Brown Bagging It

November 12, 2010 in Food Economics, Foodland, Nutrition by Mary Ireland

I always take my lunch to work. I have for years. Actually I took my lunch to school. My Depression-era mother couldn’t see paying for a school lunch. I guess that thriftiness rubbed off on me. At times I can recall this kind of bothering me – especially in school, when the “cool” kids were buying their lunches and didn’t have to schlep a lunch bag to school -- you know how your thoughts get influenced by peer pressure.

Yes, at times I have been a little self-conscious about taking my lunch. Usually, I sit at my desk and eat my lunch. Most of the time this is because I fit my workout in my lunch hour so I don’t have the time to be away from my desk when eating. This habit also keeps the contents of my lunch away from the scrutiny of others. When I was working at a high tech company and decided to join the group for lunch one day, a woman asked me, “Why do you eat like you live in a third world country?” My internal dialogue went something like: 'Hmmm – because it is healthy? Because I think it tastes good? Make note to always eat at desk.'” I guess she was confused because most people working for high tech companies in the 1990’s didn’t bring beans and rice to work for lunch.

I wholeheartedly agree with Dr. Grandma when she says -- in her blog Spending a Fortune on Food in Order to Eat Healthily -- that you can make healthy meals at home for a modest cost. Although agri-business has managed to cut the prices of fast food, in my opinion it is expensive to eat fast food and much cheaper to prepare your own.

At first taking my lunch to work was a money thing – I didn’t have an excess of it and I wanted to hold on to what I had. If I conservatively estimate that I would spend $5.00 a day eating out and only $1.00 to take my lunch – a net savings of $4.00 a day -- I save $960.00 a year taking my lunch -- eating out only two or three times a month.  Not too bad – and it adds up too, over a 10-year period - $9,600.00, over a 40-year career $36,400.00.

Perhaps the real key is in what I don’t get from the meals eaten out. Lets say that in eating out I usually go to fast food places, since I don’t have much time and I won’t get much else for $5.00. Below, I analyzed typical fast food lunches, mixing in more healthy ones with less healthy ones.

Food Calories Total Fat Sat. Fat Sodium Sugar Fiber
Teriyaki Chicken Bowl 730 15 g 3 g 1330 mg 20 g 4g
Veggie Sandwich 230 3 1 510 5 4
Roasted Chicken Salad 140 3 1 800 2 3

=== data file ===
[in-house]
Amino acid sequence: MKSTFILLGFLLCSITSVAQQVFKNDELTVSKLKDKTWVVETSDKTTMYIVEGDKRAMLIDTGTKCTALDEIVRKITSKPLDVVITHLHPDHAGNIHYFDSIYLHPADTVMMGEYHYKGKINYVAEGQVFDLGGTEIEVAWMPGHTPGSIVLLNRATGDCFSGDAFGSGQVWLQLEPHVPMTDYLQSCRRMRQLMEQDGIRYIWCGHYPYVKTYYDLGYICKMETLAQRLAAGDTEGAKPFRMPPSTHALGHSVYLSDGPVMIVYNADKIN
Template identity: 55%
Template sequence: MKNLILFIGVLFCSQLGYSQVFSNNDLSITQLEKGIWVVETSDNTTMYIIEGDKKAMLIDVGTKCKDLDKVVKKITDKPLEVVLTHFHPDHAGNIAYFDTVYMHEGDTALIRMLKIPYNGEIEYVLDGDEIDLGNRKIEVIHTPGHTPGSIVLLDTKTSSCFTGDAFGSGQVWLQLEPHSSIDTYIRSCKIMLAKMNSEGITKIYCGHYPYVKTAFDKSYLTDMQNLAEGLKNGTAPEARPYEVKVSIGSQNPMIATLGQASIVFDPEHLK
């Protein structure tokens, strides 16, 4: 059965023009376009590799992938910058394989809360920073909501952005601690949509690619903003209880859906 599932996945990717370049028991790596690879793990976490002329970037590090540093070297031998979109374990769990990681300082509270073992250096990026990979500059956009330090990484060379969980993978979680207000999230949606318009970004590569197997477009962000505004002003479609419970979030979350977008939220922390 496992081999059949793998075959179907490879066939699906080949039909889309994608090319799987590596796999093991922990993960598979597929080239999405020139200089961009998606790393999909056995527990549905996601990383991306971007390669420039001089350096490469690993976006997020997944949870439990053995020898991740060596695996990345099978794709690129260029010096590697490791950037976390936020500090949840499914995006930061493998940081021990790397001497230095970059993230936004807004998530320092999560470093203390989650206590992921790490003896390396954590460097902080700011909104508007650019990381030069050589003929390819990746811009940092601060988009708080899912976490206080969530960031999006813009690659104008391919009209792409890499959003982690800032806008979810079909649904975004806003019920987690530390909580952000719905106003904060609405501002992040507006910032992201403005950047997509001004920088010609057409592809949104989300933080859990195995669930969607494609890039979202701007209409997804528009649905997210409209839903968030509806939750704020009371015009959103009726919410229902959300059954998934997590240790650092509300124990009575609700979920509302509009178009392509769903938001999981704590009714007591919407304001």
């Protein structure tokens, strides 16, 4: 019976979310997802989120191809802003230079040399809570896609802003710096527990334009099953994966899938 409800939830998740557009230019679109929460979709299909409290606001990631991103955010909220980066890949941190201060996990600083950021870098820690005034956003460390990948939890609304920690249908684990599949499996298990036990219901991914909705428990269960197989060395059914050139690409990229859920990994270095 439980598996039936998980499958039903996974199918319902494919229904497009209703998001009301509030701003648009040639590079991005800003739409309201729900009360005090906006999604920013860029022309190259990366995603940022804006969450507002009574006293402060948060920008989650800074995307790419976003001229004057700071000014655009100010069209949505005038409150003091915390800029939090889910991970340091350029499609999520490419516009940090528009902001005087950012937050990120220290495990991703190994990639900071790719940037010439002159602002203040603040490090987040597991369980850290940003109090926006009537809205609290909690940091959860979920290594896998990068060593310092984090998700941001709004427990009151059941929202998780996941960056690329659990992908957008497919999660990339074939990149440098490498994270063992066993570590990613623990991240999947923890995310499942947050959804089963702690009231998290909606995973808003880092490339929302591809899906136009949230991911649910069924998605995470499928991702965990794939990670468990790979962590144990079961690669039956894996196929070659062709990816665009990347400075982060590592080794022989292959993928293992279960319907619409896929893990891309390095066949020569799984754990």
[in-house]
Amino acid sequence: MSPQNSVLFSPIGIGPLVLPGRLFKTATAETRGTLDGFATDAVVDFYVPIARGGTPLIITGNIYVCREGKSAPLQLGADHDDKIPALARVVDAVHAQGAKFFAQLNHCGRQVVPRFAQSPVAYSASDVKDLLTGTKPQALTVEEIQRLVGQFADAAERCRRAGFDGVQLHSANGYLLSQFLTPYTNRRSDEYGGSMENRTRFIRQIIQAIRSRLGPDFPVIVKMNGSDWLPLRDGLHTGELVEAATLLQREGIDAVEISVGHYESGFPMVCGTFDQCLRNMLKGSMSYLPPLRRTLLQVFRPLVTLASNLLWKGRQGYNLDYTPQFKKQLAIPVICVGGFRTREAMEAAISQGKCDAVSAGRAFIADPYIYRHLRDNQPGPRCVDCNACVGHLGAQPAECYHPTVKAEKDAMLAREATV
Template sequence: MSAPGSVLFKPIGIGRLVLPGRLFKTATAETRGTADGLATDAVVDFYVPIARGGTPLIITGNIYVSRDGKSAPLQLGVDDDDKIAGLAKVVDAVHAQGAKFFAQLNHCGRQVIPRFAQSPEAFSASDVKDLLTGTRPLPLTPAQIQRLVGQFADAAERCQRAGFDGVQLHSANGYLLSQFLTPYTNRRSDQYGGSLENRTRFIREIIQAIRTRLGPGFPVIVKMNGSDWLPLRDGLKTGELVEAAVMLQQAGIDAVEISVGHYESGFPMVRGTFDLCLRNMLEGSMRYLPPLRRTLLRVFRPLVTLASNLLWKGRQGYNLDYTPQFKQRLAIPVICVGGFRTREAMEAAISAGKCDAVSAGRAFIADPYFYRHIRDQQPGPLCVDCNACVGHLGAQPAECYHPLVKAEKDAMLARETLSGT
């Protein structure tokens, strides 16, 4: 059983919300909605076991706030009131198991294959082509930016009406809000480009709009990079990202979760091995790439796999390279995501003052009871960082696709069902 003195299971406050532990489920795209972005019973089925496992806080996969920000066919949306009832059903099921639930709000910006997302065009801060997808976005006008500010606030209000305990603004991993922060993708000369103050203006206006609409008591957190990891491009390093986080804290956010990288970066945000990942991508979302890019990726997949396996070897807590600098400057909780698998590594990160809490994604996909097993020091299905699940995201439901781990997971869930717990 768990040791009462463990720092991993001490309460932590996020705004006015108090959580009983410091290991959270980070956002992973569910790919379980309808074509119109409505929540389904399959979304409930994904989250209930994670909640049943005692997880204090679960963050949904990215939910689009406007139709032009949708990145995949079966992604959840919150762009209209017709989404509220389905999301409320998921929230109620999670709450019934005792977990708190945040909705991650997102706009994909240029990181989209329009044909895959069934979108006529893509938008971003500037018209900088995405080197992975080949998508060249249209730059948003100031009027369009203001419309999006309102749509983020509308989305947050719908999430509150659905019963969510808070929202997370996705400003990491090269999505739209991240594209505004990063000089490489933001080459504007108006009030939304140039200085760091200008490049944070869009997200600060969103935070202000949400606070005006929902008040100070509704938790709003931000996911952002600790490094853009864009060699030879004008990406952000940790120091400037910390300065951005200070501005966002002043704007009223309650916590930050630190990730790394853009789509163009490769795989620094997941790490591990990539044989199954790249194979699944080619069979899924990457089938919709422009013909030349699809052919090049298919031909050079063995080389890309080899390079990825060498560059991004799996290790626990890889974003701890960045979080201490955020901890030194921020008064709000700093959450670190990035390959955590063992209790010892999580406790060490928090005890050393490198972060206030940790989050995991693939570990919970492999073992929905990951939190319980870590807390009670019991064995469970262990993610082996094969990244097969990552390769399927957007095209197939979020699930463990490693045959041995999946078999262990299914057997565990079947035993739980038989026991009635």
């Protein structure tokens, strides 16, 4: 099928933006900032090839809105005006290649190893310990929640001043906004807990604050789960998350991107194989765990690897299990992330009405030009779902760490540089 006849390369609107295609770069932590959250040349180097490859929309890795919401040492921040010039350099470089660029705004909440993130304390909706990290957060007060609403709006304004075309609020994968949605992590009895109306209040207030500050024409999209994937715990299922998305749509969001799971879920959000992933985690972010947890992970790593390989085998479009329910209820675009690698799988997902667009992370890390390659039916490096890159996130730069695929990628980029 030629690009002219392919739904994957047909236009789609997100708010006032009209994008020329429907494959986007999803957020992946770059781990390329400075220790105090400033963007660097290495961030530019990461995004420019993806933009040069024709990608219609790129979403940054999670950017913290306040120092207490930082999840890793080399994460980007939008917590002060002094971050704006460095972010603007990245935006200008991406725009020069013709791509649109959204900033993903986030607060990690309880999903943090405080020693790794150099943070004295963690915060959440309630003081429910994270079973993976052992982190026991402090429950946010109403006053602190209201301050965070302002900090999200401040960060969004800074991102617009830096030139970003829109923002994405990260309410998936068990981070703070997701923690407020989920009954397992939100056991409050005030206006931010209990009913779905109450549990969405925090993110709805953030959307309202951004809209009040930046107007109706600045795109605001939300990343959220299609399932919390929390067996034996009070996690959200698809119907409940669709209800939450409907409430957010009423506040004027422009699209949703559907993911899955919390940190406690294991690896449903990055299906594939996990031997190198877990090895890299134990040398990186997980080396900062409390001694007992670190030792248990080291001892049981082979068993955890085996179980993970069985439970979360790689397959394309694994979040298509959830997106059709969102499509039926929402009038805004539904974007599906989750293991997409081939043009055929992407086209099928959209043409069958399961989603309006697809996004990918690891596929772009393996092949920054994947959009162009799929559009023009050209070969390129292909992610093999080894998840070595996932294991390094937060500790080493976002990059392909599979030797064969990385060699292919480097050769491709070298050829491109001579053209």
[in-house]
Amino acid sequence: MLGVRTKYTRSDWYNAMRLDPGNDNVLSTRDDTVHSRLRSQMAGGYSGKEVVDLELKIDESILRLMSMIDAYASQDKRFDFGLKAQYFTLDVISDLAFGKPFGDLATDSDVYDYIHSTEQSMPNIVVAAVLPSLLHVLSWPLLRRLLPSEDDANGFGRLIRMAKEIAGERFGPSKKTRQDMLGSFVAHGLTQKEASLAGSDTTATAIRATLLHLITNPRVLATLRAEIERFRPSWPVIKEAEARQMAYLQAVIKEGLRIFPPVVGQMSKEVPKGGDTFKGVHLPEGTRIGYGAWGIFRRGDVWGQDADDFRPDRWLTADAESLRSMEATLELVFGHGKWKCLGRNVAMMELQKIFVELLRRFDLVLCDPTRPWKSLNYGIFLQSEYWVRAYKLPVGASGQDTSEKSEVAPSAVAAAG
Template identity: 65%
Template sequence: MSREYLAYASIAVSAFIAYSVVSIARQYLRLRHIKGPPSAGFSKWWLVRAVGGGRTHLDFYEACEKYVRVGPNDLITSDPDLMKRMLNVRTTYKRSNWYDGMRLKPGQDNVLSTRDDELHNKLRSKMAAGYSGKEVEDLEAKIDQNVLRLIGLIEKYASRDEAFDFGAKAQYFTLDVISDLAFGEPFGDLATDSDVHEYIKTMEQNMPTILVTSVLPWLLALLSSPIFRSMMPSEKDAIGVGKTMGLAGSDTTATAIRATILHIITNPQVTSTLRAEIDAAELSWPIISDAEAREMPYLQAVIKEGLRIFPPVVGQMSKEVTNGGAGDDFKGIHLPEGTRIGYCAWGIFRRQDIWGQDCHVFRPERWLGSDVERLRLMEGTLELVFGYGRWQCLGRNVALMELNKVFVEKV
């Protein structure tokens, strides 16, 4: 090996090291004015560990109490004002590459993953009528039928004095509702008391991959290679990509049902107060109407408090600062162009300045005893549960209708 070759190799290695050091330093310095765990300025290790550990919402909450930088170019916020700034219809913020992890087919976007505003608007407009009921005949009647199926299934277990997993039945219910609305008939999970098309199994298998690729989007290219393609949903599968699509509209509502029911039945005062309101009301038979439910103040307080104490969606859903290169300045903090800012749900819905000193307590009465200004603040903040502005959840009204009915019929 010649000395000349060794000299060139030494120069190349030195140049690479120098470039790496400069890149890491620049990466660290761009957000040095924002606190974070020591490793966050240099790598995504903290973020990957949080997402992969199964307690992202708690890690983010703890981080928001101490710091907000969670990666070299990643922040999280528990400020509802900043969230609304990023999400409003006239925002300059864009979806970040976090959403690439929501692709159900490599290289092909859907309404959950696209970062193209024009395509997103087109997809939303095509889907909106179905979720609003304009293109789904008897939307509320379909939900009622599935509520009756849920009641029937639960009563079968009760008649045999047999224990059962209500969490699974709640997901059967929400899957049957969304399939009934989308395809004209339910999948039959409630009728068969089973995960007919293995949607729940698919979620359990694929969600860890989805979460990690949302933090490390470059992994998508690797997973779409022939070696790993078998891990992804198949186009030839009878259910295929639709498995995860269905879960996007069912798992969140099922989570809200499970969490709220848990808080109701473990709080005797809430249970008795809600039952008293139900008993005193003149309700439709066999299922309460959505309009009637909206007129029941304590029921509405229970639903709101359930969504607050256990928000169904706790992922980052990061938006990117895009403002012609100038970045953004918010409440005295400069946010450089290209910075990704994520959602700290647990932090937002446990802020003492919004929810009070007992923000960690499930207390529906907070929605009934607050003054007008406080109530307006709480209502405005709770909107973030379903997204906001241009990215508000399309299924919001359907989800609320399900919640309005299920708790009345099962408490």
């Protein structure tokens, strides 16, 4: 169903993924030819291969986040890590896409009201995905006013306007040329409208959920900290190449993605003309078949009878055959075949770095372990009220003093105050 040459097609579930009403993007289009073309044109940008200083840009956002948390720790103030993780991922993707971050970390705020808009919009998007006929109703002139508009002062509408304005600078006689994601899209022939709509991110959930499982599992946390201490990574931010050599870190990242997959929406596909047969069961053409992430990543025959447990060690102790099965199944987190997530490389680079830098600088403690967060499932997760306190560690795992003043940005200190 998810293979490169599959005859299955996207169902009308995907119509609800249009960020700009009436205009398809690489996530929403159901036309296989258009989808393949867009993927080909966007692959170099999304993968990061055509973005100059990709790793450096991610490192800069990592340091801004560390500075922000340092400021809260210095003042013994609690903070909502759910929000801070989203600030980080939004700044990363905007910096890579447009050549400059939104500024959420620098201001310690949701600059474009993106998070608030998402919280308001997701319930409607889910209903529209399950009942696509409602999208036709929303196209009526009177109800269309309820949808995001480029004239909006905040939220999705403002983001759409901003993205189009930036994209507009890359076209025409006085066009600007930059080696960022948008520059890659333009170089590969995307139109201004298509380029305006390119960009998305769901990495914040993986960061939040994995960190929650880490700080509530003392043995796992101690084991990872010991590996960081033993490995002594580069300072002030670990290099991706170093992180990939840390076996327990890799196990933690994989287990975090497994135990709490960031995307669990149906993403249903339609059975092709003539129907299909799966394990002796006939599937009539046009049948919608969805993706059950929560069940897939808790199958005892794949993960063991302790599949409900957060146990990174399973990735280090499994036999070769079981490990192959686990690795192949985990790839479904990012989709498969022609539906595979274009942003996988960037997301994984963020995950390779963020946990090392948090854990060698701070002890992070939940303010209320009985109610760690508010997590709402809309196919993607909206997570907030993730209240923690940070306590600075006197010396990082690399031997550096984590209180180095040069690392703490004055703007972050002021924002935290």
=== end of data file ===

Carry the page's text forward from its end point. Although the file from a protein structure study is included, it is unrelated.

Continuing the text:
Supreme Chalupa 350 21 7 490 3 2
Hamburger & Fries 939 53 16 1388 11 4
Specialty Chicken Sandwich 560 28 6 1270 5 3
Average 491.5 20.6 5.6 964.6 7.6 3.3

As you can see, your choices make a big difference in the fat and saturated fat categories, with high sodium and sugar numbers showing up in surprising places. Excluding the veggie sandwich and the salad, these lunch have much more fat, saturated fat and sodium that my homemade lunches.

What I don’t get from eating out is fiber, vitamins and the phytonutrients.  Results compiled from 10 studies conducted in the United States and Europe found that total dietary fiber was associated with a 14% decrease in risk for all coronary events and a 27% decrease in risk of coronary death. Having a low fiber diet also puts you at greater risk for hemorrhoids, constipation and a constant bloated feeling.

So I will continue to take my lunch to work. Adding whole grains such as Dr. Grandma’s muffins or The Best Corn Bread Ever to my lunch is a treat that I have only recently discovered.  The Best Corn Bread Ever really is! I added whole corn to The Best Corn Bread Ever recipe -- very yummy.  You should try it.  I had technical difficulties with my camera, so I have pictures for only the beginning of the process and the end product!

The Best Corn Bread Ever – Enhanced


1 scant cup Dr. Grandma's Whole Wheat Flour

¾ cup yellow cornmeal [Note: Whole cornmeal is your healthiest choice; not degermed. Some people thing that degermed has something to do with killing germs; but it really just has to do with the a little thin layer of bran and the germ (same as in wheat, only that’s wheat germ). Also, don’t use self-rising corn meal for this recipe].

1/3 cup Dr. Grandma's Delight

½ teaspoon baking soda

¼ teaspoon salt

1 teaspoon baking powder

2 eggs

1 tablespoon extra virgin olive oil

½ cup cold water

1 cup sour cream (can use low fat – but I didn’t)

1 14.75-oz can of whole kernel corn drained (I cut fresh corn off the cob in season)


  1. Preheat 9 X 9 glass dish in 450°F oven for 5 minutes. I used a cast iron skillet.
  2. Mix all dry ingredients together. Mix eggs, oil, water, corn and sour cream and add to dry ingredients, mix rapidly and just enough to moisten evenly.
  3. Pour into preheated pan. Place immediately into oven. Bake at 450 degrees for 13 to 15 minutes. Top will be golden brown.
  4. Serve immediately.

All the dry ingredients.

Mix dry ingredients

This is where the technical difficulties started - or were there really 16 bowls of wet ingredients?

Viola! Very, very good!